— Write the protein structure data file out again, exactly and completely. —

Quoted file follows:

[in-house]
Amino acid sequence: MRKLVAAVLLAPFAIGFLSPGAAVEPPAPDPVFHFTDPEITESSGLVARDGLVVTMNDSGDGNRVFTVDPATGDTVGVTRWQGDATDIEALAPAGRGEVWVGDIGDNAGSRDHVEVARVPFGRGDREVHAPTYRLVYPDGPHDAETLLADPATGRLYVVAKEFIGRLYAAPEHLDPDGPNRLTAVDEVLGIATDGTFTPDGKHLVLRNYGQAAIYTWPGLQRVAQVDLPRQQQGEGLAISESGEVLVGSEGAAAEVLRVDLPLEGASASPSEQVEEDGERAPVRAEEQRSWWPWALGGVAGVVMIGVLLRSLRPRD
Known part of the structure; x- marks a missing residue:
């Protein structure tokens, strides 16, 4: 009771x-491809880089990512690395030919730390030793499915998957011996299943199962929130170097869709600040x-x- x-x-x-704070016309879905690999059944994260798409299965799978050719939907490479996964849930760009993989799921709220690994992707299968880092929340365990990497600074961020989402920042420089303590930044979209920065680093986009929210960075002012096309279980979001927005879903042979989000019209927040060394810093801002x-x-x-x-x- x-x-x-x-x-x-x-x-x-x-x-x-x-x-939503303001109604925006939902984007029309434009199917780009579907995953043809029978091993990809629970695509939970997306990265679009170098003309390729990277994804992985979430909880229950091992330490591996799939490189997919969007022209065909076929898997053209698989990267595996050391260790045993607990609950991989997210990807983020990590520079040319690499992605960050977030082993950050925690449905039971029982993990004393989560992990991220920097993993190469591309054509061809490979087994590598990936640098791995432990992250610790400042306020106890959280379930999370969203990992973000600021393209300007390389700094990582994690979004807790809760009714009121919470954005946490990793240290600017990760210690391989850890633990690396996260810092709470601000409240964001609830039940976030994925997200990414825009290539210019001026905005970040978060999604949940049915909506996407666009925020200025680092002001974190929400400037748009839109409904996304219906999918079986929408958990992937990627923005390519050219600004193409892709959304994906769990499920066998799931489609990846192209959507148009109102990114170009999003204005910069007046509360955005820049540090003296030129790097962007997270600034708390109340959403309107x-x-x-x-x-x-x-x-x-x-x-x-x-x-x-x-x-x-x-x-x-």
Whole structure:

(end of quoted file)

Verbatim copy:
[in-house]
Amino acid sequence: MRKLVAAVLLAPFAIGFLSPGAAVEPPAPDPVFHFTDPEITESSGLVARDGLVVTMNDSGDGNRVFTVDPATGDTVGVTRWQGDATDIEALAPAGRGEVWVGDIGDNAGSRDHVEVARVPFGRGDREVHAPTYRLVYPDGPHDAETLLADPATGRLYVVAKEFIGRLYAAPEHLDPDGPNRLTAVDEVLGIATDGTFTPDGKHLVLRNYGQAAIYTWPGLQRVAQVDLPRQQQGEGLAISESGEVLVGSEGAAAEVLRVDLPLEGASASPSEQVEEDGERAPVRAEEQRSWWPWALGGVAGVVMIGVLLRSLRPRD
Known part of the structure; x- marks a missing residue:
């Protein structure tokens, strides 16, 4: 009771x-491809880089990512690395030919730390030793499915998957011996299943199962929130170097869709600040x-x- x-x-x-704070016309879905690999059944994260798409299965799978050719939907490479996964849930760009993989799921709220690994992707299968880092929340365990990497600074961020989402920042420089303590930044979209920065680093986009929210960075002012096309279980979001927005879903042979989000019209927040060394810093801002x-x-x-x-x- x-x-x-x-x-x-x-x-x-x-x-x-x-x-939503303001109604925006939902984007029309434009199917780009579907995953043809029978091993990809629970695509939970997306990265679009170098003309390729990277994804992985979430909880229950091992330490591996799939490189997919969007022209065909076929898997053209698989990267595996050391260790045993607990609950991989997210990807983020990590520079040319690499992605960050977030082993950050925690449905039971029982993990004393989560992990991220920097993993190469591309054509061809490979087994590598990936640098791995432990992250610790400042306020106890959280379930999370969203990992973000600021393209300007390389700094990582994690979004807790809760009714009121919470954005946490990793240290600017990760210690391989850890633990690396996260810092709470601000409240964001609830039940976030994925997200990414825009290539210019001026905005970040978060999604949940049915909506996407666009925020200025680092002001974190929400400037748009839109409904996304219906999918079986929408958990992937990627923005390519050219600004193409892709959304994906769990499920066998799931489609990846192209959507148009109102990114170009999003204005910069007046509360955005820049540090003296030129790097962007997270600034708390109340959403309107x-x-x-x-x-x-x-x-x-x-x-x-x-x-x-x-x-x-x-x-x-």
Whole structure: